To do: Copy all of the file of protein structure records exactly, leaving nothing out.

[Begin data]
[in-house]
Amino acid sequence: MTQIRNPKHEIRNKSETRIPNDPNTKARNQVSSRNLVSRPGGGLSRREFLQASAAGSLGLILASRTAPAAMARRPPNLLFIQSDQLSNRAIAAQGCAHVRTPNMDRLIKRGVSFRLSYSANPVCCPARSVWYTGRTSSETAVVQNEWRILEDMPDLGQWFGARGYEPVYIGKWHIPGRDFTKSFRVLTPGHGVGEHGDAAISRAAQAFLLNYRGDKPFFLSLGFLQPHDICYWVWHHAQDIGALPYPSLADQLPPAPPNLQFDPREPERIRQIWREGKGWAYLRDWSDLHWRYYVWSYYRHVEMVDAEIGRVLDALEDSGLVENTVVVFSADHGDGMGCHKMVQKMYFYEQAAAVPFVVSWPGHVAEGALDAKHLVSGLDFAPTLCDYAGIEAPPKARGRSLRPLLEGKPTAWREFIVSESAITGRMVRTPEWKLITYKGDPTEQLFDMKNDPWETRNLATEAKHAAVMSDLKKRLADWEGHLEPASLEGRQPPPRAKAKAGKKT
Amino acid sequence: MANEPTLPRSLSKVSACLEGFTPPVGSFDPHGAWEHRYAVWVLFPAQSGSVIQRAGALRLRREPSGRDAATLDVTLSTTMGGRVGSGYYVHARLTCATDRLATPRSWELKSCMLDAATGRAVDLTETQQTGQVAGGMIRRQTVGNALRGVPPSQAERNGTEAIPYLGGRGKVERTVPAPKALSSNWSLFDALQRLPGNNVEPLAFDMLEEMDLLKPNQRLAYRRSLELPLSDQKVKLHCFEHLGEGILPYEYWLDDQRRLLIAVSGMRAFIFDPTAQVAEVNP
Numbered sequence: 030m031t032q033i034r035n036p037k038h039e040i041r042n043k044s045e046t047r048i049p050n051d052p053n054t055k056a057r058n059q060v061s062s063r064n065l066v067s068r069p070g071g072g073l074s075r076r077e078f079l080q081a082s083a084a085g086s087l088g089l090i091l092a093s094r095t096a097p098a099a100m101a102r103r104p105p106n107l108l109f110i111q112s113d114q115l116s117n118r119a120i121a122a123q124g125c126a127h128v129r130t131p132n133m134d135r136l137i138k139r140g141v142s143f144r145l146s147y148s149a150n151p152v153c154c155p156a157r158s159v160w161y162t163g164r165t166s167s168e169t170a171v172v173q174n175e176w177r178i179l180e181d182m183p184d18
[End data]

[in-house]
Amino acid sequence: MTQIRNPKHEIRNKSETRIPNDPNTKARNQVSSRNLVSRPGGGLSRREFLQASAAGSLGLILASRTAPAAMARRPPNLLFIQSDQLSNRAIAAQGCAHVRTPNMDRLIKRGVSFRLSYSANPVCCPARSVWYTGRTSSETAVVQNEWRILEDMPDLGQWFGARGYEPVYIGKWHIPGRDFTKSFRVLTPGHGVGEHGDAAISRAAQAFLLNYRGDKPFFLSLGFLQPHDICYWVWHHAQDIGALPYPSLADQLPPAPPNLQFDPREPERIRQIWREGKGWAYLRDWSDLHWRYYVWSYYRHVEMVDAEIGRVLDALEDSGLVENTVVVFSADHGDGMGCHKMVQKMYFYEQAAAVPFVVSWPGHVAEGALDAKHLVSGLDFAPTLCDYAGIEAPPKARGRSLRPLLEGKPTAWREFIVSESAITGRMVRTPEWKLITYKGDPTEQLFDMKNDPWETRNLATEAKHAAVMSDLKKRLADWEGHLEPASLEGRQPPPRAKAKAGKKT
Amino acid sequence: MANEPTLPRSLSKVSACLEGFTPPVGSFDPHGAWEHRYAVWVLFPAQSGSVIQRAGALRLRREPSGRDAATLDVTLSTTMGGRVGSGYYVHARLTCATDRLATPRSWELKSCMLDAATGRAVDLTETQQTGQVAGGMIRRQTVGNALRGVPPSQAERNGTEAIPYLGGRGKVERTVPAPKALSSNWSLFDALQRLPGNNVEPLAFDMLEEMDLLKPNQRLAYRRSLELPLSDQKVKLHCFEHLGEGILPYEYWLDDQRRLLIAVSGMRAFIFDPTAQVAEVNP
Numbered sequence: 030m031t032q033i034r035n036p037k038h039e040i041r042n043k044s045e046t047r048i049p050n051d052p053n054t055k056a057r058n059q060v061s062s063r064n065l066v067s068r069p070g071g072g073l074s075r076r077e078f079l080q081a082s083a084a085g086s087l088g089l090i091l092a093s094r095t096a097p098a099a100m101a102r103r104p105p106n107l108l109f110i111q112s113d114q115l116s117n118r119a120i121a122a123q124g125c126a127h128v129r130t131p132n133m134d135r136l137i138k139r140g141v142s143f144r145l146s147y148s149a150n151p152v153c154c155p156a157r158s159v160w161y162t163g164r165t166s167s168e169t170a171v172v173q174n175e176w177r178i179l180e181d182m183p184d18